What are the latest recommendations for vaccination of pregnant women?
The American College of Obstetricians and Gynecologists (ACOG) and the Society for Maternal-Fetal Medicine (SMFM), the two leading organizations representing specialists in obstetric care, recommend that ALL PREGNANT INDIVIDUALS BE VACCINATED AGAINST COVID-19. This recommendation was published on July 30, 2021.
The president of SMFM has stated that “COVID-19 vaccination is the best method to reduce maternal and fetal complications of COVID-19 infection amount pregnant people”.
The CDC estimates that 22% of all pregnant individuals in the U.S. have received one or more doses of the COVID-19 vaccine.
ACOG also recommends that all breast-feeding individuals and women contemplating pregnancy in the future be immunized as well.
Why does COVID-19 matter to a pregnant woman?
Because you are at higher risk of adverse health outcomes, such as need for hospitalization, need for ICU admission, need for use of a ventilator, and risk of death.
Because your fetus may be at risk for preterm birth if you get a COVID-19 infection during pregnancy.
Because COVID-19 is dangerous to the people around you.
If I’ve already had COVID, why should I be vaccinated?
If you’ve already had COVID, data from trials show that COVID vaccines can be safely given to people with prior COVID infections. The CDC recommends waiting until you have recovered from the acute illness and have met the criteria to discontinue isolation.
A study published in the CDC’s Morbidity and Mortality Weekly Report shows that people who did not get vaccinated after having had COVID infection were 2.34 times more likely to be reinfected than those who did get vaccinated.
How safe are these vaccines for pregnant women?
As of July 19, 2021, there have been over 136,500 pregnancies reported in CDC’s v-safe post-vaccination health checker. No safety signals have been observed.
Among v-safe pregnancy registry outcomes in COVID-19 vaccinated pregnant individuals, the following pregnancy complications have been studied, comparing pregnant vaccinated women with pregnant unvaccinated women: miscarriage, gestational diabetes, preeclampsia or gestational hypertension, eclampsia, intrauterine growth restriction, preterm birth, congenital anomalies, small for gestational age babies, and neonatal death. Outcomes were NO DIFFERENT for all of these conditions.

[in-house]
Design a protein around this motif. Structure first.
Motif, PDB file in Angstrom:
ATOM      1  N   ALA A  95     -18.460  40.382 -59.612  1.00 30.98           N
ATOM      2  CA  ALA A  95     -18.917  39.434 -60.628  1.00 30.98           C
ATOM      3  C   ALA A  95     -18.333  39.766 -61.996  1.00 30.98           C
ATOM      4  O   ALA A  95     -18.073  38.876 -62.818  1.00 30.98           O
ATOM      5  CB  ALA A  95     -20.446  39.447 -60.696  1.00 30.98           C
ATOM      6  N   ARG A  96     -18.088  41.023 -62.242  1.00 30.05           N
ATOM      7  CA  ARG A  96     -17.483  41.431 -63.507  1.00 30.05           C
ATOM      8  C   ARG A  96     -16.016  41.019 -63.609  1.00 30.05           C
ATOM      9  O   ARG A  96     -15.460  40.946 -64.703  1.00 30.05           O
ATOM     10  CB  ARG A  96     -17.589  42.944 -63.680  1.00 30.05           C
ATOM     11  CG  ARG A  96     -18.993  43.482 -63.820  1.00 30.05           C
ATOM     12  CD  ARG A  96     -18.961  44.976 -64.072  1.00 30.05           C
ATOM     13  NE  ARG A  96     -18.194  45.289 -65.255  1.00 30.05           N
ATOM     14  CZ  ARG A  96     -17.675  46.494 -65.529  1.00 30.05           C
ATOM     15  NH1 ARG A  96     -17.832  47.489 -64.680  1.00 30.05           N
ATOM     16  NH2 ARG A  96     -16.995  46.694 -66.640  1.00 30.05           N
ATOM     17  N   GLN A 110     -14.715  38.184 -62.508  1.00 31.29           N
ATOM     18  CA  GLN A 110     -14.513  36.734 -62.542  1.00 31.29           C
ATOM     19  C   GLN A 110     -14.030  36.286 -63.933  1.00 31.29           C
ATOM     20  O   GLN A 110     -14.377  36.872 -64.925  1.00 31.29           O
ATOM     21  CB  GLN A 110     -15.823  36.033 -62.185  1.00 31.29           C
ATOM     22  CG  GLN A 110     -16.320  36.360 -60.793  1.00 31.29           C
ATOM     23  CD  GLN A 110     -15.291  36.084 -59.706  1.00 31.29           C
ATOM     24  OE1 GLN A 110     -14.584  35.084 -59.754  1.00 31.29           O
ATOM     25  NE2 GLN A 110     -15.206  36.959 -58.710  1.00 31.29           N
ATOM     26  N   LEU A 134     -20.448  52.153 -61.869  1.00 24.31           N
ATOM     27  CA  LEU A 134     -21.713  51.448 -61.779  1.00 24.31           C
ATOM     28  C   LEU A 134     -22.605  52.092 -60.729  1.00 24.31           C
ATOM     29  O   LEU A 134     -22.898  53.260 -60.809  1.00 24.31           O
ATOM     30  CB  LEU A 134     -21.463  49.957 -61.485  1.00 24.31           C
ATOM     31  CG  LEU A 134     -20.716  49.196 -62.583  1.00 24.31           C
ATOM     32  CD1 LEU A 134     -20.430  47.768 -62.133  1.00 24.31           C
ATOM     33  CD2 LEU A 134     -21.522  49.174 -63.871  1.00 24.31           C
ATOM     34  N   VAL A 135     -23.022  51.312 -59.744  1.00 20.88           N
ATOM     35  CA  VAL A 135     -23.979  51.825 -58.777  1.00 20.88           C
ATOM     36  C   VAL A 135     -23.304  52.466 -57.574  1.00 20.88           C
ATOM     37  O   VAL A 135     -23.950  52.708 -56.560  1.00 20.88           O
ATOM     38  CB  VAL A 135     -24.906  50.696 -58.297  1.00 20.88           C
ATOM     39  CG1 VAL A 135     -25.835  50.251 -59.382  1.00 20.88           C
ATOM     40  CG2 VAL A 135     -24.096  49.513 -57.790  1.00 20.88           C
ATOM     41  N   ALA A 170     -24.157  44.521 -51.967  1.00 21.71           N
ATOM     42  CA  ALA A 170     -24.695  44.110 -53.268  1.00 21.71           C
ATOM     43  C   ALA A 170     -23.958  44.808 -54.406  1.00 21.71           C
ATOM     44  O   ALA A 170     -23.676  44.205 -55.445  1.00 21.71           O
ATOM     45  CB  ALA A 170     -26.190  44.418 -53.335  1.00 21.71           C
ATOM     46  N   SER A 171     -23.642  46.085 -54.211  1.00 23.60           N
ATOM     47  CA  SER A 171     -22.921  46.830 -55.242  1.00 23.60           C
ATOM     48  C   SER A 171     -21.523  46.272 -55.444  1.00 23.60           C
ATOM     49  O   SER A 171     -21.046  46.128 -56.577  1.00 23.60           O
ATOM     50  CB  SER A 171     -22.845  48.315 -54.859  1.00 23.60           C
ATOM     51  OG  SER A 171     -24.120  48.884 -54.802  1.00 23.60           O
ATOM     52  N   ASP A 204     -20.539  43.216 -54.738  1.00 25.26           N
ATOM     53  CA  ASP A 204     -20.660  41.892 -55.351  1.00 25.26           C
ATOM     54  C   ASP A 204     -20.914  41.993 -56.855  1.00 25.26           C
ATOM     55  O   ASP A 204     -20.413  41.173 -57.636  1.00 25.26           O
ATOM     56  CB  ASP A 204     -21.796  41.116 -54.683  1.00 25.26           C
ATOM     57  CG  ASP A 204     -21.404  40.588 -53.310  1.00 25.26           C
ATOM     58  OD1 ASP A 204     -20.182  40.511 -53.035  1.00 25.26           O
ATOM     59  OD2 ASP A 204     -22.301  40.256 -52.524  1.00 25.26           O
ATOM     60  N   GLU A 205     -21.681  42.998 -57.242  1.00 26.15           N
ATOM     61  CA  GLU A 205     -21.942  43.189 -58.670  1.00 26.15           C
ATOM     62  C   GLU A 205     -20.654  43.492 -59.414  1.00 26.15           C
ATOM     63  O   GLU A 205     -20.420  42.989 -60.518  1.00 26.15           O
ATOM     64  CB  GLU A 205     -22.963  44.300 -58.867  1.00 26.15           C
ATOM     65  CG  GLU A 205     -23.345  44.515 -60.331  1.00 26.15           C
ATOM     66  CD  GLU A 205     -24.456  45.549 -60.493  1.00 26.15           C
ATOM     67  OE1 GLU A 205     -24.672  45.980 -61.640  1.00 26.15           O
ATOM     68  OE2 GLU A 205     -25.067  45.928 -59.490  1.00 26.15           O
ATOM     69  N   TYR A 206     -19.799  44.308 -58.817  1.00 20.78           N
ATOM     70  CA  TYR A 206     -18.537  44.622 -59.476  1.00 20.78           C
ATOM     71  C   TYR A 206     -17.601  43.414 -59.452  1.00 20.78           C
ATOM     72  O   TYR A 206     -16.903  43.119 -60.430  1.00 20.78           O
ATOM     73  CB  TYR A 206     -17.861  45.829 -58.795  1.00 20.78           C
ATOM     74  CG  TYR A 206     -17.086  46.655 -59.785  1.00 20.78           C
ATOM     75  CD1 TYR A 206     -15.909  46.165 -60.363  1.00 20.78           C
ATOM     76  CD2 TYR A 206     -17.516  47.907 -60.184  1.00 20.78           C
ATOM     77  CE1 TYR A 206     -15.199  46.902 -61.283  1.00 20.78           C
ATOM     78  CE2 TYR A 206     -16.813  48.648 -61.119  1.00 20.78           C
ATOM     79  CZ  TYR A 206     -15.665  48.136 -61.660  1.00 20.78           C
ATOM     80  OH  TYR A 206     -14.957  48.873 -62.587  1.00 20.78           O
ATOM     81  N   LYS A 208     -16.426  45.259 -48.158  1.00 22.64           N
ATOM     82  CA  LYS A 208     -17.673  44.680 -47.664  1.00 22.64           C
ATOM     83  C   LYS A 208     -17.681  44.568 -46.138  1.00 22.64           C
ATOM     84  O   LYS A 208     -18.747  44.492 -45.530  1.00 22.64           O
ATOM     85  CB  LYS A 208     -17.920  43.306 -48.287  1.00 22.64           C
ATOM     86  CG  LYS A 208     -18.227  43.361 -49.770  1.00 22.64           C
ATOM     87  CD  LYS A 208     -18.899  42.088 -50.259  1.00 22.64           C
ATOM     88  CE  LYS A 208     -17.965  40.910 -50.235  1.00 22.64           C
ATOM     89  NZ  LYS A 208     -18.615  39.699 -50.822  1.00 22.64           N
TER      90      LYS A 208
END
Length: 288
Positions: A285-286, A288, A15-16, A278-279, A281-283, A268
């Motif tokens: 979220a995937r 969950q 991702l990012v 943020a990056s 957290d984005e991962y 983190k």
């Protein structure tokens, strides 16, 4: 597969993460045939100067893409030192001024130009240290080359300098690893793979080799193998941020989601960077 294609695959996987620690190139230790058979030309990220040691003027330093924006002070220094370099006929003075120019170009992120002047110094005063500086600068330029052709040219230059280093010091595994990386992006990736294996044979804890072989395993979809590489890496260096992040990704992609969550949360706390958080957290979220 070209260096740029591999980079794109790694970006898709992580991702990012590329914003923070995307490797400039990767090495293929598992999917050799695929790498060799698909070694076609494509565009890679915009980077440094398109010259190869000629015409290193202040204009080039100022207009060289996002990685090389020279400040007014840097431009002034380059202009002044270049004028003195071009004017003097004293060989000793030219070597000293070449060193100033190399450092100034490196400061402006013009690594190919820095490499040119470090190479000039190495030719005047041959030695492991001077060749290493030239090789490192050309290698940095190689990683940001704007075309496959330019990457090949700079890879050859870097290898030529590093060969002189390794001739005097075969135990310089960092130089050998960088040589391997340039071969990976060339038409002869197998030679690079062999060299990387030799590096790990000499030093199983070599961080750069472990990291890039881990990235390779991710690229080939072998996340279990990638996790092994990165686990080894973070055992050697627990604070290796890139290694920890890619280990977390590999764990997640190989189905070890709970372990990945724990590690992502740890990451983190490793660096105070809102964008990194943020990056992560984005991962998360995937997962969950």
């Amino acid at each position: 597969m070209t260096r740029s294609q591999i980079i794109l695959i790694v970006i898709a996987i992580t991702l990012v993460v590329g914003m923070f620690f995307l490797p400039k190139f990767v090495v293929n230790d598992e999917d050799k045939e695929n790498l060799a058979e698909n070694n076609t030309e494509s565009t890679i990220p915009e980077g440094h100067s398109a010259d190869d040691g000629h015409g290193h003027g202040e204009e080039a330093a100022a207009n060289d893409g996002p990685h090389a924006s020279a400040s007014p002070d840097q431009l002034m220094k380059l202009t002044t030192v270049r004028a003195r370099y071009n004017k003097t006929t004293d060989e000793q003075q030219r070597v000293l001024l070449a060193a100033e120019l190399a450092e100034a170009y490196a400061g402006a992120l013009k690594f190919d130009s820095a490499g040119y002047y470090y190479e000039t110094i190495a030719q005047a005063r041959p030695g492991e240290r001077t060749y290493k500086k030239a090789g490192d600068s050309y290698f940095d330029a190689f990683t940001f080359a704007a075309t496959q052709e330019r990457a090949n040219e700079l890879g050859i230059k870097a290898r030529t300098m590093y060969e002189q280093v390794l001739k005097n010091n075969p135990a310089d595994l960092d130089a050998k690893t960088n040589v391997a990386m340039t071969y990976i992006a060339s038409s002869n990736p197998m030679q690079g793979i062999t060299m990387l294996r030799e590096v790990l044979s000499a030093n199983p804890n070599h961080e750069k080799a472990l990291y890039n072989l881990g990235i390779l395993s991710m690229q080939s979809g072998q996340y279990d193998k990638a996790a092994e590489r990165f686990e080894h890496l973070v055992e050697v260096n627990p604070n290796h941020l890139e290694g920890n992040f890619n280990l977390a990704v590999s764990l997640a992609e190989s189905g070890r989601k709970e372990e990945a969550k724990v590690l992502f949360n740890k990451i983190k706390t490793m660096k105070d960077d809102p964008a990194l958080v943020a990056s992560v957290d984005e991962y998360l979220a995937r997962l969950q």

What about claims linking COVID vaccination to infertility?
ACOG recommends vaccination for all eligible people who are trying to conceive or who may be considering future pregnancy. It is not necessary to delay pregnancy after completing both doses of the COVID-19 vaccine. Claims linking COVID-19 vaccines to infertility are unfounded and have no scientific evidence supporting them. According to the Pfizer-BioNTech website: “There is no scientific evidence to suggest that the vaccine could cause infertility in women. In addition, infertility is not known to occur as a result of natural COVID-19 disease, further demonstrating that immune responses to the virus, whether induced by infection or a vaccine, are not a cause of infertility. Reports on social media have falsely asserted that the vaccine could cause infertility in women and the FDA is concerned that this misinformation may cause women to avoid vaccination to prevent COVID-19, which is a potentially serious and life-threatening disease”. The mRNA vaccines cause the vaccinated person’s cells to make the COVID spike protein. This then triggers the immune system to respond to subsequent viral exposures. “Contrary to false reports on social media, this protein is not the same as any involved in formation of the placenta.”
A small study of 45 men in the Journal of the American Medical Association showed there was no decreases in any sperm parameters before vs. after mRNA vaccination.
Why be vaccinated?